Angela Patton, community leader
Angela Patton works with teenage girls, and knows there is one relationship they crave: their relationship with their father. In this talk, Patton explains how she and her students dreamed up the idea of a father/daughter dance. And how, since one of the girl’s fathers was in jail, they brought the event to the prison.

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Session 5: The space between life’s Stops and Starts

Bob and Lee Woodruff, journalist and author
Lee Woodruff was at Disney World with her four children when she got the call that her husband, Bob Woodruff — who had just been appointed the co-anchor of World News on ABC — had been hit by a roadside bomb and was in a coma. “You can’t ask, ‘Why me?’ You don’t have time to ring your hands,” says Lee. “You can be bitter or you can get better.” In this banter-filled talk, Bob shares details of his physical recovery and Lee reveals how she relied on four ‘f’s to get her through: family, friends, faith and funny. In their home a sign now reads, “If it’s not fatal, it’s fine.”

Janine di Giovanni, war correspondent
“This is how war starts—one day you’re living your ordinary life … Next thing, the telephones go out, the TV goes off and there are armed men on the streets,” says journalist Janine di Giovanni. “People don’t want to believe war is coming.” In this powerful talk, di Giovanni shares that the conflict that affected her most was Sarajevo, where people lived under siege without water, power, electricity and food for three years. While the devastation and loss of life was terrible, di Giovanni says that she also saw incredible love there. On Saturday, Di Giovanni will head back to Syria. So why does she continue to cover war? As she explains, “What I see is incredibly heroic people fighting for things we take for granted every single day.”

Session six: The Rising, the space between Seeing and Doing

Isatou Touray, women’s health advocate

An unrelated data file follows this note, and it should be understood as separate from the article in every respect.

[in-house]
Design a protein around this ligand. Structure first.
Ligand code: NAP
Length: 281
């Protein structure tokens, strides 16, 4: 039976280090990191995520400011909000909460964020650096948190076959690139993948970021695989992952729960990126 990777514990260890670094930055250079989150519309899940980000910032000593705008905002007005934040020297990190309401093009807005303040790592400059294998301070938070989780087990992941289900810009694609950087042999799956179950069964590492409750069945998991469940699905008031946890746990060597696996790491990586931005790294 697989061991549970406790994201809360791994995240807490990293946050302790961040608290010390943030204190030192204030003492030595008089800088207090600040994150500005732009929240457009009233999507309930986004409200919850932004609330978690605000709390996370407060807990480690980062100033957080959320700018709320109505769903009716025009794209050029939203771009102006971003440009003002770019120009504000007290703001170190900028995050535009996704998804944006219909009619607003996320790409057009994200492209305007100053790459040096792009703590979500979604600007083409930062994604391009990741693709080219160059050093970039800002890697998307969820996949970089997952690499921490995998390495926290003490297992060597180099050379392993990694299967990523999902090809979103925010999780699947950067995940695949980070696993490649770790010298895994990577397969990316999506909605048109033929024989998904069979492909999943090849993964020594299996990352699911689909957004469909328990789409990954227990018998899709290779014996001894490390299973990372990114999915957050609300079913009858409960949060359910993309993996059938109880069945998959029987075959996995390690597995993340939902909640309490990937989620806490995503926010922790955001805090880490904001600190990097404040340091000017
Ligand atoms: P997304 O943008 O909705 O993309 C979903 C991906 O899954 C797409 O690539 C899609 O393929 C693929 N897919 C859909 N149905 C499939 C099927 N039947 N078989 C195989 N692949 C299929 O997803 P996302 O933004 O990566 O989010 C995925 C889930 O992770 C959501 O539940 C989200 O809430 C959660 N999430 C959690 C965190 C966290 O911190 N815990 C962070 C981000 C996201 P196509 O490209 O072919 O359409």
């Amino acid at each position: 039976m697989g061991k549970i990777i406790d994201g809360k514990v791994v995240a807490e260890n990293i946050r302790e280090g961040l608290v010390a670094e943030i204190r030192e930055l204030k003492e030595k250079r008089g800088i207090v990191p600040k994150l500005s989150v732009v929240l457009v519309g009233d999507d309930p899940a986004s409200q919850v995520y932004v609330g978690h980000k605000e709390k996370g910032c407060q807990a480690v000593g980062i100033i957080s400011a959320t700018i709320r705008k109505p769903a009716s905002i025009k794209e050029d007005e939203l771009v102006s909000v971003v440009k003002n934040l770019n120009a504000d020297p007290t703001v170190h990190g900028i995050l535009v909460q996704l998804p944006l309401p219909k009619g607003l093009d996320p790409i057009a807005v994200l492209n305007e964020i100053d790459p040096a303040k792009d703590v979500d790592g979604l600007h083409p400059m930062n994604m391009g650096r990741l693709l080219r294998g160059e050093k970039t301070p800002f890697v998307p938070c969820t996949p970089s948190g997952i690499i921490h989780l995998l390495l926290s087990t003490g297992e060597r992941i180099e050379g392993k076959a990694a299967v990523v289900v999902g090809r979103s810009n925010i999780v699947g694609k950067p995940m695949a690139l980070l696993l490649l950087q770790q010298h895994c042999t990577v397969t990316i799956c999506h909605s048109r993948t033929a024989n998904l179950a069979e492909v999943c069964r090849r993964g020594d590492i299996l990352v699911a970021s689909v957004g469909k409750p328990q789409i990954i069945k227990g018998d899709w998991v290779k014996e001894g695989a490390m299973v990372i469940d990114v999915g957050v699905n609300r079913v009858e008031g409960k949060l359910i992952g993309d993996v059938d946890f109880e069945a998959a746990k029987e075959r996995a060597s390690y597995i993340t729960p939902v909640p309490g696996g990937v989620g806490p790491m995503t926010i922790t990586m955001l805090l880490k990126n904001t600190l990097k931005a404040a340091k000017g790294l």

Isatou Touray was 10-years-old when she came home to a big celebration, full of costumes in dance. Says Touray, “I thought, ‘This is the day I’m to be a woman.’” Instead, her genitals were mutilated. Touray could never understand how this was a part of her faith. Today, Touray’s organization — GAMCOTRAP — is dedicated to eradicating genital mutilation in The Gambia, a fight which has sent her to jail 66 times. “We have to come together and save the next generation from this dangerous practice,” she says.

iO Tillett Wright, photographer
iO Tillett Wright cannot be put in a box. As a child, she lived as a boy — going as far as to turn around her shoes in bathroom stalls so it would look like she was standing up. But as she grew up, she reframed her identity as a tomboyish girl who had been in love with women and men. “I wasn’t asked to define myself by my parents,” says Wright. “I was just told to be me, growing and changing at every moment.” It’s from this standpoint that Wright approaches what she calls “the civil rights cause of my generation.” On the stage, Wright shared images from her series, Self-Evident Truths, for which she photographed 2,000 people who consider themselves anywhere on the LBGTQ spectrum. As she found, most people consider themselves to exist in the grey areas of sexuality, which presents a problem when it comes to discrimination. “Where exactly do you draw the line?” says Wright. “Where exactly does someone become a second class citizen?”

TEDxWomen-reception

Photos by Ryan Lash